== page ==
Sorry you're having trouble porting it over. Let us know if you have
specific questions that we may be able to help with.
In the mean time, here are some of the benefits of CloudMan: technically,
CloudMan provides a management interface tailored for Galaxy so you can
control the Galaxy process (and the dependent processes such as the
database, ftp server and the Reports app) from within it. It comes with a
graphical web interface, which exposes many features in one place and
allows multiple people to access it without sharing cloud access creds.
Functionally, CloudMan allows instances to be cloned and shared with other
users so that each instance includes complete configuration and data yet
each child instance is independent of the parent. Once the components are
prebuilt, other users don't need to install anything locally and can
instead use their web browser to create an arbitrary number of instances
that each come preconfigured with Galaxy (i.e., Galaxy, toolset, indices)
that is ready for use. Exposed via the Cloud Launch app, it allows creation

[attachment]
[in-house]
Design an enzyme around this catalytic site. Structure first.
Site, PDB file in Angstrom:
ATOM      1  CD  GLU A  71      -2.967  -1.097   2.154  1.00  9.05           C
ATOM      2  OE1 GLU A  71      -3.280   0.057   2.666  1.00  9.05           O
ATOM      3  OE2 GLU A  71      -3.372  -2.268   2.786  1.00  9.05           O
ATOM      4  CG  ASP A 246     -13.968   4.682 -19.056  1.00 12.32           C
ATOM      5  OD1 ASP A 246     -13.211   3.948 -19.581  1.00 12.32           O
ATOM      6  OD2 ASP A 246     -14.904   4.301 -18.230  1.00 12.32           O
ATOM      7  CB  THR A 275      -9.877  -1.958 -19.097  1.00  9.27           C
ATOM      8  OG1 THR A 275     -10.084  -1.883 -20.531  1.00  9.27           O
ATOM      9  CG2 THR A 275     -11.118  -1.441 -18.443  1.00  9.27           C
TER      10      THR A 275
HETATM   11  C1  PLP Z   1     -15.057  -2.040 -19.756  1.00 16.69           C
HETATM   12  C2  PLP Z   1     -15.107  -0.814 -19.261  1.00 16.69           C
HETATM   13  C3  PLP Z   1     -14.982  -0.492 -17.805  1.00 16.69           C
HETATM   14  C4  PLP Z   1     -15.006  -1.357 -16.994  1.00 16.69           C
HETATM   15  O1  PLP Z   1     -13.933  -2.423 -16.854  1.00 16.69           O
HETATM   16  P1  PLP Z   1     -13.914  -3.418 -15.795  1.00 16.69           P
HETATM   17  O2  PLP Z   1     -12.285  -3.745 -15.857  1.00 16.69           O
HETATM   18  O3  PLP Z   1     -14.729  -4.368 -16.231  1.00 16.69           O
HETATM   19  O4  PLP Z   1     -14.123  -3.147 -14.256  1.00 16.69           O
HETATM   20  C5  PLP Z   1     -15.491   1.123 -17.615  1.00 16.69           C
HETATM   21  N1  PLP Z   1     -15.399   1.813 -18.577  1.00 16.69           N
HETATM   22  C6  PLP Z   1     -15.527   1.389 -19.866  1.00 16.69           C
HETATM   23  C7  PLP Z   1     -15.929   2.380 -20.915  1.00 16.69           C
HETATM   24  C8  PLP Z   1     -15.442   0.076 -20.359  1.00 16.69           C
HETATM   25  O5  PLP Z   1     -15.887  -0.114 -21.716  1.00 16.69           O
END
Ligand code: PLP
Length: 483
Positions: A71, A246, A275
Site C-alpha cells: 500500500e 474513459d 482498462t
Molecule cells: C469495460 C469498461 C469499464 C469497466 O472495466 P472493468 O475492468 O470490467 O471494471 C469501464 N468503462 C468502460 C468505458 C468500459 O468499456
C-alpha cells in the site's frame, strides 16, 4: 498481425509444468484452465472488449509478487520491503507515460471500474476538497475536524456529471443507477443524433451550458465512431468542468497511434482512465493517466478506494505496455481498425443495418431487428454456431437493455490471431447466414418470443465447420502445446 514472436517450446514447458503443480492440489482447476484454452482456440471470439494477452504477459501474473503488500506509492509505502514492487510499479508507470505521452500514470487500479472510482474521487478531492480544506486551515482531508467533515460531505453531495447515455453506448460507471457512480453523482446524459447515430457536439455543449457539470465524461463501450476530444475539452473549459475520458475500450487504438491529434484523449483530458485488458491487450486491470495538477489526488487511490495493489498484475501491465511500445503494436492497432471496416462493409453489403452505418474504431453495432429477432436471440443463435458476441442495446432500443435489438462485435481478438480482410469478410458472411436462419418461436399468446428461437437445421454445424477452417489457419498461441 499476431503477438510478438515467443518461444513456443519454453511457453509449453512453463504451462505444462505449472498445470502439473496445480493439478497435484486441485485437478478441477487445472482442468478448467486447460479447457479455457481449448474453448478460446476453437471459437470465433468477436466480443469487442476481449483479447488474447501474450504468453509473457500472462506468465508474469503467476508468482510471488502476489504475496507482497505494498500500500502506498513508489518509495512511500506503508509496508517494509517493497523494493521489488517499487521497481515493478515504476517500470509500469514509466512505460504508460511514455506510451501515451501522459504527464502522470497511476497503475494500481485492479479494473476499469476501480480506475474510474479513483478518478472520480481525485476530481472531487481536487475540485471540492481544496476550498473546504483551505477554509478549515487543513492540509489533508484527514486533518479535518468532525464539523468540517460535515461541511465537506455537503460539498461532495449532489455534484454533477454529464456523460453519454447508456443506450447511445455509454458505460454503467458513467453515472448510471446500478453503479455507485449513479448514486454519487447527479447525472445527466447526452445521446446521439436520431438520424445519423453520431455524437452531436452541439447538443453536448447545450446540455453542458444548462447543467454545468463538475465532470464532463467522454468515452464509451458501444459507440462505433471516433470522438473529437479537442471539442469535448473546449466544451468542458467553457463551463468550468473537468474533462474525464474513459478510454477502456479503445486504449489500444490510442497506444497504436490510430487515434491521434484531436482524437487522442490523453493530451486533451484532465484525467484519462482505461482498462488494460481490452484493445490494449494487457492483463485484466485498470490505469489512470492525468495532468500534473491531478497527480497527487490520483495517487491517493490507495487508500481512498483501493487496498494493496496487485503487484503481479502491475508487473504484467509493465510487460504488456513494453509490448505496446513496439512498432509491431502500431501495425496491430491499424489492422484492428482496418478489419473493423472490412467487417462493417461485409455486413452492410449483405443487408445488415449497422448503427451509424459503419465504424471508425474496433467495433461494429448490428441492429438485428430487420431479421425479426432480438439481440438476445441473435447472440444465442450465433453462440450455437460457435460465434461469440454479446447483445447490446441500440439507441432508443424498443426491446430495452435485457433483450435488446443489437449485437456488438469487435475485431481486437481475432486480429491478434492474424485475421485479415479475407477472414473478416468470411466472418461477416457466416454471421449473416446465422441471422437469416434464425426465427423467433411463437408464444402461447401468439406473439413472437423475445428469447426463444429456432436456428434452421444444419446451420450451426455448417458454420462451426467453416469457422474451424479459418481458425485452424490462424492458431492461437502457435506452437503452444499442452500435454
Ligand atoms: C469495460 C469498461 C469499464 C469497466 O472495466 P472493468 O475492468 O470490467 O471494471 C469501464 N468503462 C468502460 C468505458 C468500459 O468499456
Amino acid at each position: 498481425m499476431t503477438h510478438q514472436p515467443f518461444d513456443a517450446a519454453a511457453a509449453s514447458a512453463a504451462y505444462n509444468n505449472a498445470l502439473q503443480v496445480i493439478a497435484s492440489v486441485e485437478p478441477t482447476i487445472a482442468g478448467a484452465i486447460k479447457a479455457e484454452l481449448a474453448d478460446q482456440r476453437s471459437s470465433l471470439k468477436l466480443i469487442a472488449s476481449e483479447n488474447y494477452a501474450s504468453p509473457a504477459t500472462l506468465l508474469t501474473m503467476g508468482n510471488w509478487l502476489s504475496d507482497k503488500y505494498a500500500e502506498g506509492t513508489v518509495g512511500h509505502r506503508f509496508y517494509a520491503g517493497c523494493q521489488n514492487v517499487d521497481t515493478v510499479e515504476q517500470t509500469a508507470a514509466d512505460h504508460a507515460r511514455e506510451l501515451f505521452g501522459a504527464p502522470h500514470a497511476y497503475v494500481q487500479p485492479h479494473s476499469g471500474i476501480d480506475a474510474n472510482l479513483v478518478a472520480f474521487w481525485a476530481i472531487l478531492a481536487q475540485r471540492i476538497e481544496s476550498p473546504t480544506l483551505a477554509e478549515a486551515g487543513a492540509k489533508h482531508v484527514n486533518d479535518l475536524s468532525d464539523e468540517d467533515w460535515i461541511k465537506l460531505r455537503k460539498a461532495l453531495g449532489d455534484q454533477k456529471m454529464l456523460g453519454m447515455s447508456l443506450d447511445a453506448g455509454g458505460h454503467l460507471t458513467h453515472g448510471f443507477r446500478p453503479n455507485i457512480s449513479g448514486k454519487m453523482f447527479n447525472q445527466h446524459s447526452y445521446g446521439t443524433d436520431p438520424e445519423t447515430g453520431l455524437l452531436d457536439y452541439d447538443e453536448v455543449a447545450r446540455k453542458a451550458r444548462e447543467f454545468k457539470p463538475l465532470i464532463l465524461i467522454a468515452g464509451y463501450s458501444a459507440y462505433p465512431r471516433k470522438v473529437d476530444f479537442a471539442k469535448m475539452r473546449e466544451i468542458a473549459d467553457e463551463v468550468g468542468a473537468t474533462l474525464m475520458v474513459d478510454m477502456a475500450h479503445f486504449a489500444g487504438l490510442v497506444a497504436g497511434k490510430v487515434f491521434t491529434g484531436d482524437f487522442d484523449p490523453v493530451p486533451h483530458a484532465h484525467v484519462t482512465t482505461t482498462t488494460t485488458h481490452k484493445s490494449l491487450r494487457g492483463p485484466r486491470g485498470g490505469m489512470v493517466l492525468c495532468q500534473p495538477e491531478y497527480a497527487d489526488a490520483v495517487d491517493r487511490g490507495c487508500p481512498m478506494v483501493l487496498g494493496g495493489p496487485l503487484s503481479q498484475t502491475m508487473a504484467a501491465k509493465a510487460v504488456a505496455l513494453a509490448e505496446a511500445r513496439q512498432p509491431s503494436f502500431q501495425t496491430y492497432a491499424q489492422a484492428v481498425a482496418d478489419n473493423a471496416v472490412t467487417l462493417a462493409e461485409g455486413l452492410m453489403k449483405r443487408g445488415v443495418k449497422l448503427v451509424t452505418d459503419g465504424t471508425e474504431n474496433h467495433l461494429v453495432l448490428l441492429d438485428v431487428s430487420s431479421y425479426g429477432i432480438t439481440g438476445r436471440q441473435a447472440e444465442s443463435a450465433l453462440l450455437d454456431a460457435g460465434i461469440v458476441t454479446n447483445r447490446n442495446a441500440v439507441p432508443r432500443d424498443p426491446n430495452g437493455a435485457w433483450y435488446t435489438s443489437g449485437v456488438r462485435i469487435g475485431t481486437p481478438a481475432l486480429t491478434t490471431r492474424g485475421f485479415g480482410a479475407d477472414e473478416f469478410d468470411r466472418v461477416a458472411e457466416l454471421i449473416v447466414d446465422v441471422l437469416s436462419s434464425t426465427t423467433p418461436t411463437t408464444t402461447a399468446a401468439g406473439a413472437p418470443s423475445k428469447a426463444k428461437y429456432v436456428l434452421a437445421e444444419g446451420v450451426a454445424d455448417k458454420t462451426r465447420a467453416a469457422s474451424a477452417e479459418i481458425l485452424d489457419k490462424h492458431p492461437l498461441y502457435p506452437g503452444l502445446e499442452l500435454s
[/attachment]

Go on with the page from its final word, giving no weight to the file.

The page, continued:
of multiple flavors that can correspond to different toolsets or software
Hope this helps and let us know if you have more questions.
On Wed, Nov 11, 2015 at 10:19 AM, Ryan G <ngsbioinformatics(a)gmail.com>
Hi all - Our organization requires us to use a specific AMI (with a
specific flavor of linux) that isn't supported by Cloudman. Its taking us
a bit of time to get this combination working.
Its taken more than 3 weeks and we still don't have Galaxy / Cloudman
running. I could probably do the same thing with StarCluster and be up and
running within a day.
I'm very comfortable with using StarCluster and am wondering if there is
any benefit to using Cloudman over StarCluster for node management with
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